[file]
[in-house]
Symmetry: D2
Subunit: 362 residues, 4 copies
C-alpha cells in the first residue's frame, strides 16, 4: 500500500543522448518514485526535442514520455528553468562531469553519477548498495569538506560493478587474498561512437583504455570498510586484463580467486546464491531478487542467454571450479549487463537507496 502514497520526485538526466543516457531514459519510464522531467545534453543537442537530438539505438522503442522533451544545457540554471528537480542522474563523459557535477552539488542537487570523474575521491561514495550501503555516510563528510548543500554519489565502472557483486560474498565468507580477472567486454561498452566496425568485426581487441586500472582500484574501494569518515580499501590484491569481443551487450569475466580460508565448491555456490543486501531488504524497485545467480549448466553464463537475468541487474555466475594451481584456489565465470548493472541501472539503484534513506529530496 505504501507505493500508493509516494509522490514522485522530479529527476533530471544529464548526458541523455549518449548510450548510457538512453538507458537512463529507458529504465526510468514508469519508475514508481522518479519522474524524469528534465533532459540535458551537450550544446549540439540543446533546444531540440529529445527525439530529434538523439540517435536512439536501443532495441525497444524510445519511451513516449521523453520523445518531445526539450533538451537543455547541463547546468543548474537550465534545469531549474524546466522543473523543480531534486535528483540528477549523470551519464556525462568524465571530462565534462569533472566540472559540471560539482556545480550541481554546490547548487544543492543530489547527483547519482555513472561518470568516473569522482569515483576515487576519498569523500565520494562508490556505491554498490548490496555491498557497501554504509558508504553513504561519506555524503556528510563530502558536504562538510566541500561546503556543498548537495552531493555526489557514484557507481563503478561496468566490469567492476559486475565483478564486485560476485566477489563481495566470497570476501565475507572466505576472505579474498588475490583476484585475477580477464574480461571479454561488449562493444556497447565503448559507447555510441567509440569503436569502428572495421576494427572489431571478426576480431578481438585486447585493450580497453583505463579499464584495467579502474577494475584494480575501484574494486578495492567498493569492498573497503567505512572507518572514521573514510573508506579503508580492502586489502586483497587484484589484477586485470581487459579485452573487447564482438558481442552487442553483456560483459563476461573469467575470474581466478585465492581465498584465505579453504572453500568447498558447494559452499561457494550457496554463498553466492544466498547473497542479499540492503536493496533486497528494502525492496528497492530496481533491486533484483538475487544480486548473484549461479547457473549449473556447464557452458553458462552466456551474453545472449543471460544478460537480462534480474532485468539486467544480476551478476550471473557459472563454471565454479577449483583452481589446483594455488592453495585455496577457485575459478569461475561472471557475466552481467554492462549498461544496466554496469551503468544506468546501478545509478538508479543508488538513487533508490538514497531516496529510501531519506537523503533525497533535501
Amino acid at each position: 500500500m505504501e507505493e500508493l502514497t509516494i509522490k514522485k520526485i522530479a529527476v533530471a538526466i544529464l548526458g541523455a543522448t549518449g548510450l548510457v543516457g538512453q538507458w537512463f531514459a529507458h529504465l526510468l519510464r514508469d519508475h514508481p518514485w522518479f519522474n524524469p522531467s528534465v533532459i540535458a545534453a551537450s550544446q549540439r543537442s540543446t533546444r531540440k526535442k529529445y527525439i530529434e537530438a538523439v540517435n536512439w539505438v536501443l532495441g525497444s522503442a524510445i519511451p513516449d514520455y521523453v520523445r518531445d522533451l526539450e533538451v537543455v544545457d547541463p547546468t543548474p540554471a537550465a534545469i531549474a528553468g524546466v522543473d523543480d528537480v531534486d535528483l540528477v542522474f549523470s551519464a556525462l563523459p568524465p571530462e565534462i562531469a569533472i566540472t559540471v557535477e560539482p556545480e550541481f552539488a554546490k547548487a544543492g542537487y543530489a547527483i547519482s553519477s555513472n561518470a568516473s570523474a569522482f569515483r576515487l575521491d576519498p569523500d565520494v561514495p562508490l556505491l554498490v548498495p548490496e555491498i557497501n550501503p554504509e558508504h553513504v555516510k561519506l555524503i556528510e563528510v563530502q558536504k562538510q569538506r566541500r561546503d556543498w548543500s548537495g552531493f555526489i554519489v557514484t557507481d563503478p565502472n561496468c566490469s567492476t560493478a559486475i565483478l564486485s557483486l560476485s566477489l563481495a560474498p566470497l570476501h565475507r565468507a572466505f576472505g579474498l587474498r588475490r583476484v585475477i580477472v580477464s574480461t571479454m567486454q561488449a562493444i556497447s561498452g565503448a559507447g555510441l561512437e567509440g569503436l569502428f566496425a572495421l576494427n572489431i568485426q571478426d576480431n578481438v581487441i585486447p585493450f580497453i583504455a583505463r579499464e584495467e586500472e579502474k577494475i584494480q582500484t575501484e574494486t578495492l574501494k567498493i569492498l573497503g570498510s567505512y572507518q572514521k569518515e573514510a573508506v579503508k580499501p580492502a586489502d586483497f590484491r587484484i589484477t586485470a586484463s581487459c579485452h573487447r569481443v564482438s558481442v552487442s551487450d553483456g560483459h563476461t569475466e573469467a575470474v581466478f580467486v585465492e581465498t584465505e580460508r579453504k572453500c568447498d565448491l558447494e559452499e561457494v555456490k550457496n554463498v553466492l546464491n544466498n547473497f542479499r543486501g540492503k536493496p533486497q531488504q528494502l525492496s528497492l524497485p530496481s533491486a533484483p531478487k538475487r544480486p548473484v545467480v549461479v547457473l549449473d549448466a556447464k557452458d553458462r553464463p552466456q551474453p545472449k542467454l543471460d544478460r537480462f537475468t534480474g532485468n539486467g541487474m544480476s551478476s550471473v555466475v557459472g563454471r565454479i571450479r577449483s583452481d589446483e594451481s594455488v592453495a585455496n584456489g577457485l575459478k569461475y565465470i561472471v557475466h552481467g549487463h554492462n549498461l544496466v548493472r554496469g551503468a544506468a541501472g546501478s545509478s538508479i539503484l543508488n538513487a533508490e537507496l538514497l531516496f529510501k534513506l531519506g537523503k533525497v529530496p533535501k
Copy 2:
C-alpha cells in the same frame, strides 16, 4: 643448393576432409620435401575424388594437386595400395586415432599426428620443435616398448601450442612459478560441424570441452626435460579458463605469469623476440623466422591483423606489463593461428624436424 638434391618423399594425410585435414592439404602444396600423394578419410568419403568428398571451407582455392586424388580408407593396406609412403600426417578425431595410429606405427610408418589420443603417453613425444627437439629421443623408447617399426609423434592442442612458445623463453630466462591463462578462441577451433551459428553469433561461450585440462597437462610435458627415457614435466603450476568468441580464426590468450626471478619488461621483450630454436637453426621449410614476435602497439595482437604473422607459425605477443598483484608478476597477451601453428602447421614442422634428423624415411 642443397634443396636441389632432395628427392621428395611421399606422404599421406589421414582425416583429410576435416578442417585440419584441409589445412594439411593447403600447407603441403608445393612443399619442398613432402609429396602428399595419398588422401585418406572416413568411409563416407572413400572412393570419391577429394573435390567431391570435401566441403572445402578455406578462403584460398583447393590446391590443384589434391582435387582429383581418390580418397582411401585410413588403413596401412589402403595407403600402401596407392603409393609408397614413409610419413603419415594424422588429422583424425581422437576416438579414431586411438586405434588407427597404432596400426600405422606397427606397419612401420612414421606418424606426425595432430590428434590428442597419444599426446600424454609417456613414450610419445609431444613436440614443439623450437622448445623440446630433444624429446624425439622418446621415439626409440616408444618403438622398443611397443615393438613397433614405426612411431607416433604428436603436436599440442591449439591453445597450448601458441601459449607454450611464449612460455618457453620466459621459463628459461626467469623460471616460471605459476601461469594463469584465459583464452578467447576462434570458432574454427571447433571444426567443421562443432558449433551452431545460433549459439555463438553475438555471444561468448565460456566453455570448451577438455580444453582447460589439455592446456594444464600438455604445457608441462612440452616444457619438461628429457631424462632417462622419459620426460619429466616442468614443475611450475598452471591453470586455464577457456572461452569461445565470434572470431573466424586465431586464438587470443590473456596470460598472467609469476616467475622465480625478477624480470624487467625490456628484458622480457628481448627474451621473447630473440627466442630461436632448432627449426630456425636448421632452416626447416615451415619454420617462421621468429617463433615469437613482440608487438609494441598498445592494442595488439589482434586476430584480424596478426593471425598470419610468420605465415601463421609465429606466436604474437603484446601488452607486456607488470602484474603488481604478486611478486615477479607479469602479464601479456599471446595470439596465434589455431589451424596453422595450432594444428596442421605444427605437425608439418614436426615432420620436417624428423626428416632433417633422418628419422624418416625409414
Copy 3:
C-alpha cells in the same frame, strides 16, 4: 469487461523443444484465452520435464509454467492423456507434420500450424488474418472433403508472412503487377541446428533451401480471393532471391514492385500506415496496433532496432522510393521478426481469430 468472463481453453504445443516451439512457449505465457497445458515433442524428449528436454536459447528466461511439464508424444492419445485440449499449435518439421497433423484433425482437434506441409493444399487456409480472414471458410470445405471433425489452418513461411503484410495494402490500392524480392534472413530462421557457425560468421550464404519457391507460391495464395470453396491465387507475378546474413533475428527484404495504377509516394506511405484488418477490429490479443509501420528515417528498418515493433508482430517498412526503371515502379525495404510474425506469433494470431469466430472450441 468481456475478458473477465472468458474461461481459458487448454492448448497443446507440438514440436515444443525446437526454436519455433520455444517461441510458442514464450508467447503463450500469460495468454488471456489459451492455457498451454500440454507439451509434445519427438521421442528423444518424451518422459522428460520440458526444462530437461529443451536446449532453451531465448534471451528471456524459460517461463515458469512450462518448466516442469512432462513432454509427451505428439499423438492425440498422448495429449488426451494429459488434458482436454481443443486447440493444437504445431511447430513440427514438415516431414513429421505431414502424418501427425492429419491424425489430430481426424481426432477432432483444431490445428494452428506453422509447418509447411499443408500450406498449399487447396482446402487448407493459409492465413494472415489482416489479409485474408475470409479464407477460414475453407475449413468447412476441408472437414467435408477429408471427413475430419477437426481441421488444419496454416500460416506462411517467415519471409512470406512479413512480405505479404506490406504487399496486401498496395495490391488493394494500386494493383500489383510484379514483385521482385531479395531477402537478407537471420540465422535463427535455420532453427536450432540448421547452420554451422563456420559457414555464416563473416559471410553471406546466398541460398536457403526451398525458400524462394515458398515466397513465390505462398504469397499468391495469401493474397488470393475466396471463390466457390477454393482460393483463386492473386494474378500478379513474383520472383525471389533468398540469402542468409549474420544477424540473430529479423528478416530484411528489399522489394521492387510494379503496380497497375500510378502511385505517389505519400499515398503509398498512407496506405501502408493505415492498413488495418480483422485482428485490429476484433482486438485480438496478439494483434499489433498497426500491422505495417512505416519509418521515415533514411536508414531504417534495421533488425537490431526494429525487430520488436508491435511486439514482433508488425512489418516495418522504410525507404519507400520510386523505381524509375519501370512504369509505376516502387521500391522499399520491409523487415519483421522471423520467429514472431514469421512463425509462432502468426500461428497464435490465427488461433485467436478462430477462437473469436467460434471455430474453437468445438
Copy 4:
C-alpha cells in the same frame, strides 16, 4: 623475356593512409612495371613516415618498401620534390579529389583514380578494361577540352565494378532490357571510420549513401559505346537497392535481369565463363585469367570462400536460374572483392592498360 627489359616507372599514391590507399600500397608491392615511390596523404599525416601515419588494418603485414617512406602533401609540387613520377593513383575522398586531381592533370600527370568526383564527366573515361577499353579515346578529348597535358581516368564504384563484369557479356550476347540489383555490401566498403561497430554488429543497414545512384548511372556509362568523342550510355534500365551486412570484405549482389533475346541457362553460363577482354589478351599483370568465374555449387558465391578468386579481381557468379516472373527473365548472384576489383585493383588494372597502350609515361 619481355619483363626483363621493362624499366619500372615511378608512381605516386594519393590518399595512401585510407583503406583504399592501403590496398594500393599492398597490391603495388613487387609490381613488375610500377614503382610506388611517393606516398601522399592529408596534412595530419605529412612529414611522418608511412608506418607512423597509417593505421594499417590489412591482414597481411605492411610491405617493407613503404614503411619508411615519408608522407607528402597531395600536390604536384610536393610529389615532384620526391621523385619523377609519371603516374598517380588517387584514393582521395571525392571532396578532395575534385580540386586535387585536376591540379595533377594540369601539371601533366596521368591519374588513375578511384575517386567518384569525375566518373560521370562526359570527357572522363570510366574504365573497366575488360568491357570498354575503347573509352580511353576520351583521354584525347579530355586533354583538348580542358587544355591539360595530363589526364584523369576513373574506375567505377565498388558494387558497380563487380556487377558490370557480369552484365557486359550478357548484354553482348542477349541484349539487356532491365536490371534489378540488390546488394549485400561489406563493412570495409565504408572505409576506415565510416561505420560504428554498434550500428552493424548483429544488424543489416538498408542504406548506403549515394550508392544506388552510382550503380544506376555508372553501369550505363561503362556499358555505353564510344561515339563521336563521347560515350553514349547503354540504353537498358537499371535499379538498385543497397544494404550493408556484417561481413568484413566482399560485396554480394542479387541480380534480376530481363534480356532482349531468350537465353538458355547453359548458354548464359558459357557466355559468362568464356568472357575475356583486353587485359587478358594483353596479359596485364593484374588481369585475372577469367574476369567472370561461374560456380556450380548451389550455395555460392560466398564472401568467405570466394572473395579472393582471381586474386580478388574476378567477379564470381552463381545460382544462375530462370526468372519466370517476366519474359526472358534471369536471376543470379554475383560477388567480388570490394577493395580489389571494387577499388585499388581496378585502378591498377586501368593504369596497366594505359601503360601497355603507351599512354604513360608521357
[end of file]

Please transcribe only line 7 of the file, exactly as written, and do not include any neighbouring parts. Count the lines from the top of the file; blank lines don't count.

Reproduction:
C-alpha cells in the same frame, strides 16, 4: 643448393576432409620435401575424388594437386595400395586415432599426428620443435616398448601450442612459478560441424570441452626435460579458463605469469623476440623466422591483423606489463593461428624436424 638434391618423399594425410585435414592439404602444396600423394578419410568419403568428398571451407582455392586424388580408407593396406609412403600426417578425431595410429606405427610408418589420443603417453613425444627437439629421443623408447617399426609423434592442442612458445623463453630466462591463462578462441577451433551459428553469433561461450585440462597437462610435458627415457614435466603450476568468441580464426590468450626471478619488461621483450630454436637453426621449410614476435602497439595482437604473422607459425605477443598483484608478476597477451601453428602447421614442422634428423624415411 642443397634443396636441389632432395628427392621428395611421399606422404599421406589421414582425416583429410576435416578442417585440419584441409589445412594439411593447403600447407603441403608445393612443399619442398613432402609429396602428399595419398588422401585418406572416413568411409563416407572413400572412393570419391577429394573435390567431391570435401566441403572445402578455406578462403584460398583447393590446391590443384589434391582435387582429383581418390580418397582411401585410413588403413596401412589402403595407403600402401596407392603409393609408397614413409610419413603419415594424422588429422583424425581422437576416438579414431586411438586405434588407427597404432596400426600405422606397427606397419612401420612414421606418424606426425595432430590428434590428442597419444599426446600424454609417456613414450610419445609431444613436440614443439623450437622448445623440446630433444624429446624425439622418446621415439626409440616408444618403438622398443611397443615393438613397433614405426612411431607416433604428436603436436599440442591449439591453445597450448601458441601459449607454450611464449612460455618457453620466459621459463628459461626467469623460471616460471605459476601461469594463469584465459583464452578467447576462434570458432574454427571447433571444426567443421562443432558449433551452431545460433549459439555463438553475438555471444561468448565460456566453455570448451577438455580444453582447460589439455592446456594444464600438455604445457608441462612440452616444457619438461628429457631424462632417462622419459620426460619429466616442468614443475611450475598452471591453470586455464577457456572461452569461445565470434572470431573466424586465431586464438587470443590473456596470460598472467609469476616467475622465480625478477624480470624487467625490456628484458622480457628481448627474451621473447630473440627466442630461436632448432627449426630456425636448421632452416626447416615451415619454420617462421621468429617463433615469437613482440608487438609494441598498445592494442595488439589482434586476430584480424596478426593471425598470419610468420605465415601463421609465429606466436604474437603484446601488452607486456607488470602484474603488481604478486611478486615477479607479469602479464601479456599471446595470439596465434589455431589451424596453422595450432594444428596442421605444427605437425608439418614436426615432420620436417624428423626428416632433417633422418628419422624418416625409414